Wireless Mesh Network : a rural community case
|Other Titles:||Kabellose Mesh-Netzwerke : ein Fall in einer ländlichen Gemeinde||Authors:||Fendji Kedieng Ebongue, Jean Louis||Supervisor:||Rödiger, Karl-Heinz||1. Expert:||Békollè, David||2. Expert:||Rödiger, Karl-Heinz||Abstract:||
We observe an emphasis on deploying wireless networks in a mesh topology, which is a cost-effective approach to extend their coverage, since a decade. But this approach of planning a network is lowly adopted in Africa, especially in rural regions, despite the suitability of this type of network for bridging the digital divide. In this thesis, we tackle the planning problem of wireless mesh networks in rural regions: How they can be deployed in rural communities using a landline node such as a telecentre at low cost. Since this problem is not only a technical one, it is important to study the feasibility of such a planning process. We consider two rural communities in Cameroon that are hosting a telecentre as a case study for this purpose. Then we investigate, which wireless technology could be appropriate, and discuss the propagation of the signal in rural regions. After justifying the choice of the 802.11n wireless network, empirical studies are conducted in different scenarios: free space, built-up areas, and wooded areas. Different path loss models are compared and the best one is improved. The main part of this work deals with the placement problem of mesh routers in a given rural region hosting a predefined Internet gateway. This issue is a critical one, especially in rural regions where we usually observe low density and sparse population. We suppose the planning of wireless mesh networks to be coverage-driven, meaning that we are more concerned about the space to cover than about the capacity to provide. We provide a network model tied to rural regions by considering the area to cover as decomposed into a set of elementary areas. Each elementary area may be of different types: an area of interest in terms of coverage, an area representing an obstacle, an area where a node can be placed or an area requiring a lower settlement cost. The placement problem is therefore considered as a multi-objective optimisation problemwith conflicted objectives such as maximising the coverage while minimising the cost. To solve this problem, we consider at first the case where the area to cover is continuous. We propose different algorithms based on simulated annealing. The first onemaximises the coverage while reducing the number of routers; the second one improves the cost by relocating nodes into cost-effective locations. A set of trade-offs resulting from a Pareto optimisation is produced. The case where areas of interest are disjoint is considered later. The approach proposed to solve this new model reuses the previous optimisation algorithms and adapts some algorithms used in graph theory, such as Depth First Search, Breath First Search, closest pair, and Graham Scan for Convex Hull. They are used in order to detect sub-networks and to link them efficiently. Finally, the problem of channel assignment is addressed. After assimilating this problem to the one of list edge colouring, a strategy aiming to assign channels by creating a spanning tree from the sole Internet gateway is proposed. All proposed algorithms are evaluated on different regions. The results show a certain convergence and an efficiency of the approach despite the probabilistic nature of underlying algorithms.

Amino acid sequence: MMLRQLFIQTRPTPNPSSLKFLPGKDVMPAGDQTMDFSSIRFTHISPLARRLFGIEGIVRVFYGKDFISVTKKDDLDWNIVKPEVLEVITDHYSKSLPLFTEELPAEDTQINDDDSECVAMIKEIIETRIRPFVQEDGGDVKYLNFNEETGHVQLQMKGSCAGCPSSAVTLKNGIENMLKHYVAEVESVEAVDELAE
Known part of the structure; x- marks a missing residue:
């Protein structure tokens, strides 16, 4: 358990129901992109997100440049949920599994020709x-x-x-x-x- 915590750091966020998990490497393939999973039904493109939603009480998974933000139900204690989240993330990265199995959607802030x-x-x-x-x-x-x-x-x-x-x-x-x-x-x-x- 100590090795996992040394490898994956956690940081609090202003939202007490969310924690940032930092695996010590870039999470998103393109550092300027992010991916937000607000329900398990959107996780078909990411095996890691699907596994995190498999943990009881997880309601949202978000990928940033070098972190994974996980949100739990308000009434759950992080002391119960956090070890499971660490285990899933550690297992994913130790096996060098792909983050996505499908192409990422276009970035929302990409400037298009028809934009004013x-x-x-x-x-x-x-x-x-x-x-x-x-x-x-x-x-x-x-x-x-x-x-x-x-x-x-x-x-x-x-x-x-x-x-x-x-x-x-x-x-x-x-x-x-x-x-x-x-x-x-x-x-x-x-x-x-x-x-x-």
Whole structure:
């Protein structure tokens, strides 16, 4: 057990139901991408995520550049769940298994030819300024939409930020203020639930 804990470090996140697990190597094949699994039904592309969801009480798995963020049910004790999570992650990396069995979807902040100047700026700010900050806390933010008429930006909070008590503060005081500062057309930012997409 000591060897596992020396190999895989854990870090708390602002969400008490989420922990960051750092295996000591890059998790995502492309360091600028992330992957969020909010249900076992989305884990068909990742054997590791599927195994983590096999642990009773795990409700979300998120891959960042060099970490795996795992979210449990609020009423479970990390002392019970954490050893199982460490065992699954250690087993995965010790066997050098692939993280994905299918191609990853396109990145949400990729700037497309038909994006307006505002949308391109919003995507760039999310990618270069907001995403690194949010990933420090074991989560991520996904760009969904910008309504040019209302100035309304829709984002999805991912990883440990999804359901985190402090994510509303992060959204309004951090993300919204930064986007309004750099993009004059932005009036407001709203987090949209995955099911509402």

|Keywords:||Wireless Mesh Network, Rural Community, Path loss Models, Simulated annealing, PARSA, Channel Assignment||Issue Date:||16-Sep-2015||Type:||Dissertation||URN:||urn:nbn:de:gbv:46-00104709-19||Institution:||Universität Bremen||Faculty:||FB3 Mathematik/Informatik|
|Appears in Collections:||Dissertationen|
checked on Jan 22, 2021
checked on Jan 22, 2021
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